The Hawthorne berry is the fruit of the Common Hawthorne or Midland Hawthorne, a low growing shrub or small tree, with waxy leaves similar to the holly tree. Hawthorne berries are not commonly used as a food source, today, but the extract is found in some health supplements that promote heart and vascular health.
Apparently, the Hawthorne berry was used to make a fermented beverage in China, during per-historic times. Remnants of Hawthorne berries have been found in pottery jars dating back to 7000 B. C. Archeologists believe that these beverages were medically or religiously significant in ancient Chinese culture.
The New York Medical Journal first published a report concerning the use of Hawthorne berry in the treatment of heart disease in October 1896. A Dr. Green of Ennis, Ireland had developed a reputation for “curing" heart disease, but refused to share his secret with colleagues. After his death, his daughter revealed the name of the remedy used by her father. The name was Crataegus Oxycantha, the older scientific name for the Common Hawthorn. The official designation is now Crataegus monogyna, but the older name is sometimes used.
Clinical trials and research continued on the medicinal value of Hawthorne berries throughout the early 1900’s and is still going on today. Scientific evaluation of the benefits of Hawthorne berry has only been partially completed. It is believed that antioxidants, flavonoids or other compounds such as epicatechin, quercetin and rutin, are responsible for the beneficial effects of Hawthorne berries. The extract is sometimes added to health supplements designed to promote heart health, reduce blood pressure and correct unhealthy cholesterol levels.
The most recent studies of the medicinal value of the Hawthorn berry related to the affect of the extract on the liver, the digestive system, the cardiovascular system and as an anti-inflammatory. The extract has natural anti-inflammatory action, has reduced ulcerative colitis and protected the liver from damage usually associated with cardiac events in laboratory animals. In the vascular system, the extract has been shown to reduce calcification. It is calcification of arterial plaques that leads to atherosclerosis and life threatening blood clots.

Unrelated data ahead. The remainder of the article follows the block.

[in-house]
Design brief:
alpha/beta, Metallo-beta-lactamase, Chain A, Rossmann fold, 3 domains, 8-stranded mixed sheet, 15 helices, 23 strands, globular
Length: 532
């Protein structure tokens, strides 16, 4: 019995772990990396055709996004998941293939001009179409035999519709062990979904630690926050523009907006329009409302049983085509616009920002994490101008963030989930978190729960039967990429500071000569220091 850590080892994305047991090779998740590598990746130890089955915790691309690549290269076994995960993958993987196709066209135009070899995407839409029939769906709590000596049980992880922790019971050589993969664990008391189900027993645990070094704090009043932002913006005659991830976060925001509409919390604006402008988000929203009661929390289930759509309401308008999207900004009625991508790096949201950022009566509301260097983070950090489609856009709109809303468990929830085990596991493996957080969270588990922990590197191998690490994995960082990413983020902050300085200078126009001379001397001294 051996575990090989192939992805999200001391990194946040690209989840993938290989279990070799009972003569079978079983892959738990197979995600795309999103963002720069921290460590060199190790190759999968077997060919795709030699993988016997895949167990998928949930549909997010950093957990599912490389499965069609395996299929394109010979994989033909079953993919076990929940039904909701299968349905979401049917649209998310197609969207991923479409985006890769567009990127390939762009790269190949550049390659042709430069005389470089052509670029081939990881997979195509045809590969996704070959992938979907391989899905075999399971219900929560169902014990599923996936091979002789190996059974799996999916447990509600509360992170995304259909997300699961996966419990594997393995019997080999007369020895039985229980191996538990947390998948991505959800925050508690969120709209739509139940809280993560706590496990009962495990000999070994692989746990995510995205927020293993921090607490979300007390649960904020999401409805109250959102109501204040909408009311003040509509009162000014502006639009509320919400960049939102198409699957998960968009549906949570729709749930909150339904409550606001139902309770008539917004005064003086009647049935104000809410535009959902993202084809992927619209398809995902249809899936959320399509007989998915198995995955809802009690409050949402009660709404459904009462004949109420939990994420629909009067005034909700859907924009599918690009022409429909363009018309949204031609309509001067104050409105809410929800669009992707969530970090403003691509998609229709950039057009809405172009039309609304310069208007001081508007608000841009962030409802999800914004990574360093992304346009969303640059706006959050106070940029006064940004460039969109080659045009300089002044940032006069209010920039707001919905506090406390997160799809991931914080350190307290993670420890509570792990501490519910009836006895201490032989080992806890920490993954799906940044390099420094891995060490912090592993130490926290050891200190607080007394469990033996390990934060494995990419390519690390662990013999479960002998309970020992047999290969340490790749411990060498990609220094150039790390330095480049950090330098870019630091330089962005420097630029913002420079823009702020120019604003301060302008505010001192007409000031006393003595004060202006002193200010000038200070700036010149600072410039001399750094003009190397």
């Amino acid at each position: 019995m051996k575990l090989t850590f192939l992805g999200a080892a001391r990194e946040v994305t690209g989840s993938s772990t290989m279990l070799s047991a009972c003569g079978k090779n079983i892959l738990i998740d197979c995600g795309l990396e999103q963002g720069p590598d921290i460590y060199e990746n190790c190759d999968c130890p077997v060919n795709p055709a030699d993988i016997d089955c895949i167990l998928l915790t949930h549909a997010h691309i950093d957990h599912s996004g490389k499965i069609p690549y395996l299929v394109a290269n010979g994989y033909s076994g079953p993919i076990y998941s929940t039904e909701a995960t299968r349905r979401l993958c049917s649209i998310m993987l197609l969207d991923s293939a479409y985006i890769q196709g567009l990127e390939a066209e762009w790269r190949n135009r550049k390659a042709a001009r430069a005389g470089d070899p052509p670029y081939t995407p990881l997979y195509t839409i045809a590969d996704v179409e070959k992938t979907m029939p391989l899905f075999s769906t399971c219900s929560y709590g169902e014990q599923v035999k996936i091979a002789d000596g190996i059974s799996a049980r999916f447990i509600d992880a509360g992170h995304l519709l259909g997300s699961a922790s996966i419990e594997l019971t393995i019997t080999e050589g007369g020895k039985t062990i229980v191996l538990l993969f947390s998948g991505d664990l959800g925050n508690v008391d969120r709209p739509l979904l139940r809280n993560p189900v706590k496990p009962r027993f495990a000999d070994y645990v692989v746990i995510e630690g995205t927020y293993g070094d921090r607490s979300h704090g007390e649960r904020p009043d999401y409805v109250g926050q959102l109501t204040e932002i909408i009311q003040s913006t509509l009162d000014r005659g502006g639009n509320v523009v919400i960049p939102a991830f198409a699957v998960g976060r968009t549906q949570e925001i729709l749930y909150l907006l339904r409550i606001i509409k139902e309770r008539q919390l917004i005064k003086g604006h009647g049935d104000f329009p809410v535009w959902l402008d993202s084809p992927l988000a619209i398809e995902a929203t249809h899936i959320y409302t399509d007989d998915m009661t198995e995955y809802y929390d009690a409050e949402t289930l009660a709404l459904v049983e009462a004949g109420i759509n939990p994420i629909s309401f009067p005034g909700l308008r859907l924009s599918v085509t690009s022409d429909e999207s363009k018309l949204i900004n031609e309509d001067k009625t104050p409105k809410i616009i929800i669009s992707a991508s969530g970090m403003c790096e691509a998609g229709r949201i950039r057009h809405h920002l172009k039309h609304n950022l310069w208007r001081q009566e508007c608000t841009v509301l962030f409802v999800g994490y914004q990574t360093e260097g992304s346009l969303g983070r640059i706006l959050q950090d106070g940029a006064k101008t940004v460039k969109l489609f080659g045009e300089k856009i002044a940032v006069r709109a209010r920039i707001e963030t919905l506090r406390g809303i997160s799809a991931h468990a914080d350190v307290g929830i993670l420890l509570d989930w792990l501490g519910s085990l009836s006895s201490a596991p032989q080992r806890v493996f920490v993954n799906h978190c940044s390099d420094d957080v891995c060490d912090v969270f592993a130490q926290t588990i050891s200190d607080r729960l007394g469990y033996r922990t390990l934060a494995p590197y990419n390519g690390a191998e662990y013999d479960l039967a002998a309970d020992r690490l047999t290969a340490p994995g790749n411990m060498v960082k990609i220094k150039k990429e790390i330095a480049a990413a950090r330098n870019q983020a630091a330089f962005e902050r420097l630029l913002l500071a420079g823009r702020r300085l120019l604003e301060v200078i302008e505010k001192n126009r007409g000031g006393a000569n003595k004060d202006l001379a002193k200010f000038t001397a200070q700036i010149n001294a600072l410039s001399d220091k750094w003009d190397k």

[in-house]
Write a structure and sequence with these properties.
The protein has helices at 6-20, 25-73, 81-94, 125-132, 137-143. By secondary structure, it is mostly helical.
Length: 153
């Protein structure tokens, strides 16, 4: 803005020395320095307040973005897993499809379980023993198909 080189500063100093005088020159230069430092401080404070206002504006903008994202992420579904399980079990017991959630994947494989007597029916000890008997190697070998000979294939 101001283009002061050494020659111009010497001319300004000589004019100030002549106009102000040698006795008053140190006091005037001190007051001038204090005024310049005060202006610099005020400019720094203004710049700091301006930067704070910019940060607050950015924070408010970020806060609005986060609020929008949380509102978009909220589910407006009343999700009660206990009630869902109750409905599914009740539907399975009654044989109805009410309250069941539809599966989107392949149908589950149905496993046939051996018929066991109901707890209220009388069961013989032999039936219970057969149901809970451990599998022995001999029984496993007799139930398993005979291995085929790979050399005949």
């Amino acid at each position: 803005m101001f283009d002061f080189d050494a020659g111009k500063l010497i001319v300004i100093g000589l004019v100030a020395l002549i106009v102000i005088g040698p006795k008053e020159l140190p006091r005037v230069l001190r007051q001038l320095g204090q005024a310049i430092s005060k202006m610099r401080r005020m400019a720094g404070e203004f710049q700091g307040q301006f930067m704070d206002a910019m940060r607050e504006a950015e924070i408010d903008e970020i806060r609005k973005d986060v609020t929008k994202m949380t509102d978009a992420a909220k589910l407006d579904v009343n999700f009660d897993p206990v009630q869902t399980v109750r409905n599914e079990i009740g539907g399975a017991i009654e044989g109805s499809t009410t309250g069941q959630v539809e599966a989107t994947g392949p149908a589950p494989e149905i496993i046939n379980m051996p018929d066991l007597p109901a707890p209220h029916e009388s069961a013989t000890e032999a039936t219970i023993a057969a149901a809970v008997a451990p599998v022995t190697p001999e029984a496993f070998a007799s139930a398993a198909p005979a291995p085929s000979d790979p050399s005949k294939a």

Even though some health care professionals have recognized the medicinal value of Hawthorne berries for over 100 years, research related to them is still considered preliminary. Most scientific research is funded by pharmaceutical companies and pharmaceutical companies cannot patent naturally occurring substances. So, the Hawthorne berry is of little interest to them. To learn more about Hawthorne berries and supplements designed to promote heart health, please visit Heart Health Diet Tips.com .
Patsy Hamilton was a health care professional for over twenty years before becoming a freelance health writer. She is currently writing a series of articles about supplements that promote better heart health. Read more at http://heart-health-diet-tips.com .